Mirrored from Sythyry.
After the soup was stirred, bowled, and set in abayance, came the cutlets stuffed with crab and peas. After the cutlets stuffed with crab and peas came ten thousand carrots braised in butter. After ten thousand carrots, there were asparagus cheese rolls, in which a stalk of asparagus is rolled in a thin slice of potent and perilous cheese. (Arfaen notes that the cheese is, in fact, a very sweet and calm mozzarella sort of thing.) And after the asparagus cheese rolls, there was the end of the day’s work.
“And, if you can face more asparagus cheese rolls and braised carrots, you could come with me to the Fucked-*P Firefly,” said Simmerene.
“That sounds like food!” said Octagons agreeably.
The leftovers from Arfaen’s kitchen had not quite made it to the Fucked-*P Firefly, so the two helped themselves to an assortment of curried cauliflower, cashew-and-gerbil stew, cold cheese pancakes, and eggs scrambled with beetle scraps.
“What’s the food in the Heaven of Mircannis like?” asked Simmerene.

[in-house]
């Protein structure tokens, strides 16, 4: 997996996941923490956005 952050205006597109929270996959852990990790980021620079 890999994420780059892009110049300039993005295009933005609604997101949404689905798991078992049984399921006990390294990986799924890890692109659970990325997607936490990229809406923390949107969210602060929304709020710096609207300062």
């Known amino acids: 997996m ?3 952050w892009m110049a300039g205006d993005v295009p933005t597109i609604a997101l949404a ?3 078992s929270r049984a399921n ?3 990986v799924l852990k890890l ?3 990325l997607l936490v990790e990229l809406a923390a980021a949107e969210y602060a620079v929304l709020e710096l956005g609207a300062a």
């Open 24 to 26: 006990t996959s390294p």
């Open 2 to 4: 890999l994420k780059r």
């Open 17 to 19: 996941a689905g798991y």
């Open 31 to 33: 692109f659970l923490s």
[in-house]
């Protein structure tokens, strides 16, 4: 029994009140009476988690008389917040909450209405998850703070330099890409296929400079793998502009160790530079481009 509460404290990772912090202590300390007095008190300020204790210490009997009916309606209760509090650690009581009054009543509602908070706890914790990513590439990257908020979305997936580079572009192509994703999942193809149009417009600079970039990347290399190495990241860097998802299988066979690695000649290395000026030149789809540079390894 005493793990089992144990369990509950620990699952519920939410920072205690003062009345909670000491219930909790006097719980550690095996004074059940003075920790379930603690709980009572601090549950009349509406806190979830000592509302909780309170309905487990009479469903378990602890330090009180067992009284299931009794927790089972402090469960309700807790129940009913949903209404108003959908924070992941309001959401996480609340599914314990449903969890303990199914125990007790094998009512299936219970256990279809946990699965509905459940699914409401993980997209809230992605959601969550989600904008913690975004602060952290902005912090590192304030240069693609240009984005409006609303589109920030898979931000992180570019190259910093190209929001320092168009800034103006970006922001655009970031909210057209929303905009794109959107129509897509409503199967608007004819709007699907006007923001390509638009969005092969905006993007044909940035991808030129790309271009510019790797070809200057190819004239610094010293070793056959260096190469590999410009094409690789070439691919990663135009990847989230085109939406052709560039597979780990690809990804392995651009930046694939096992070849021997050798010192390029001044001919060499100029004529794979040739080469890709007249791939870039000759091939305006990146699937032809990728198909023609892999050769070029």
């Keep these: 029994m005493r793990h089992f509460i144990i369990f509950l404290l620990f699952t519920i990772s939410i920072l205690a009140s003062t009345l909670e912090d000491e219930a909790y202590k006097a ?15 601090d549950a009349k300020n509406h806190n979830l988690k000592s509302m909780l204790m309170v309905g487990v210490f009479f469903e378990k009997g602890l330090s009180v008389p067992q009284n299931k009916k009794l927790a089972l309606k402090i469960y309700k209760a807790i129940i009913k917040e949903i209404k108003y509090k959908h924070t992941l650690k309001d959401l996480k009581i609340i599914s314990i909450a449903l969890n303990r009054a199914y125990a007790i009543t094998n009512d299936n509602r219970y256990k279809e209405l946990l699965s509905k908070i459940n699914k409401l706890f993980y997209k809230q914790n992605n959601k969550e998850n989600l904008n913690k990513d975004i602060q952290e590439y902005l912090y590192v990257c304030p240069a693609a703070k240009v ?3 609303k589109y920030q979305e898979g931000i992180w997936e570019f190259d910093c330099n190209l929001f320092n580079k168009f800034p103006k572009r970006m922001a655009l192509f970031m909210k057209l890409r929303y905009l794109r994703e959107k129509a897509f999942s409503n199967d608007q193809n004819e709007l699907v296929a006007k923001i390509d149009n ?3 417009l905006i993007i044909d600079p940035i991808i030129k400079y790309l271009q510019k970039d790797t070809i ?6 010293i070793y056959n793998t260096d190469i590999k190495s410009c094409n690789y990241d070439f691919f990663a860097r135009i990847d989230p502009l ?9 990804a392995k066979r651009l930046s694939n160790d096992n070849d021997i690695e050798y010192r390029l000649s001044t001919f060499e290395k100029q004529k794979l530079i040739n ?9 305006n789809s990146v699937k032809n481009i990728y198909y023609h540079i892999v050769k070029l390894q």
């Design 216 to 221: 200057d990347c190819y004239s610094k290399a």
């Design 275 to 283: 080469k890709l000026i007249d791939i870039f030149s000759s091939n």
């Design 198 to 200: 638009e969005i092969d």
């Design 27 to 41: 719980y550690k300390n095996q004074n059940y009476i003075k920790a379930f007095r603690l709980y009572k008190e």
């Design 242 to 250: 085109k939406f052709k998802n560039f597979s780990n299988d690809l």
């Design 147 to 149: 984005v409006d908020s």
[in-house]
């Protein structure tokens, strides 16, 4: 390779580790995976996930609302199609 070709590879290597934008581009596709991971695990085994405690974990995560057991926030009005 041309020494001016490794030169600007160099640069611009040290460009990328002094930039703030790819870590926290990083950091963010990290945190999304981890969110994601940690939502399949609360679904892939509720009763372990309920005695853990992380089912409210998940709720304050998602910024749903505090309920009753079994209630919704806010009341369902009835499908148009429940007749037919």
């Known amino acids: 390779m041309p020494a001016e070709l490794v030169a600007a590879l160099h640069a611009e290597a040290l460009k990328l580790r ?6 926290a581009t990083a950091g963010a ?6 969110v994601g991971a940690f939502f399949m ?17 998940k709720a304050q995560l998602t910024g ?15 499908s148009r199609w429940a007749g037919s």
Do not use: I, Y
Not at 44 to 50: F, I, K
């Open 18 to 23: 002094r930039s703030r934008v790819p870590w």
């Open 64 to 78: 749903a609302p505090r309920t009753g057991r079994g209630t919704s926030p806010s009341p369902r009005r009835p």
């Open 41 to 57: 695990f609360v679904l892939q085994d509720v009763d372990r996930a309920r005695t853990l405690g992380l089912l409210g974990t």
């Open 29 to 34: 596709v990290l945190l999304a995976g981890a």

“Oh, some places have fruit, and some have sandwiches, and so on,” said Octagons. “There’s not that much variety. We didn’t cook, at all.”
“You’ve learned a lot about cooking though!”
Octagons smiled. “Heaven has plenty of food and sex, but it’s missing some things. There’s usually not much purpose to anything we do. Here, I’m making soup — and Arfaen cares that I do it right — and the people who eat it care too. And you’ll never realize the wonder of having people eat food that I make until you’ve lived a hundred and eighty thousand cycles without ever doing truly anything for anyone else.”
Then she had to explain what a “cycle” was — Heaven was shaped like a ring of nine rooms, with the residents meandering around the ring (always in the same direction, not for any particular reason, they just started out that way and never had any reason to change it), and once around the ring was a cycle. So a cycle might be a few hours, or a few months, and so Octagons has no idea whether she’s younger than the oldest primes, or older, or if the question even makes sense.
Then: “Food and sex, is it?” asked Simmerene.
“Food, sex, board games, dagger-fighting, singing about how much we like Mircannis and the other gods, swimming or bathing, dancing in fountains, excreting, resurrecting, and self-torture for when all the fun things get to be a bit too much.”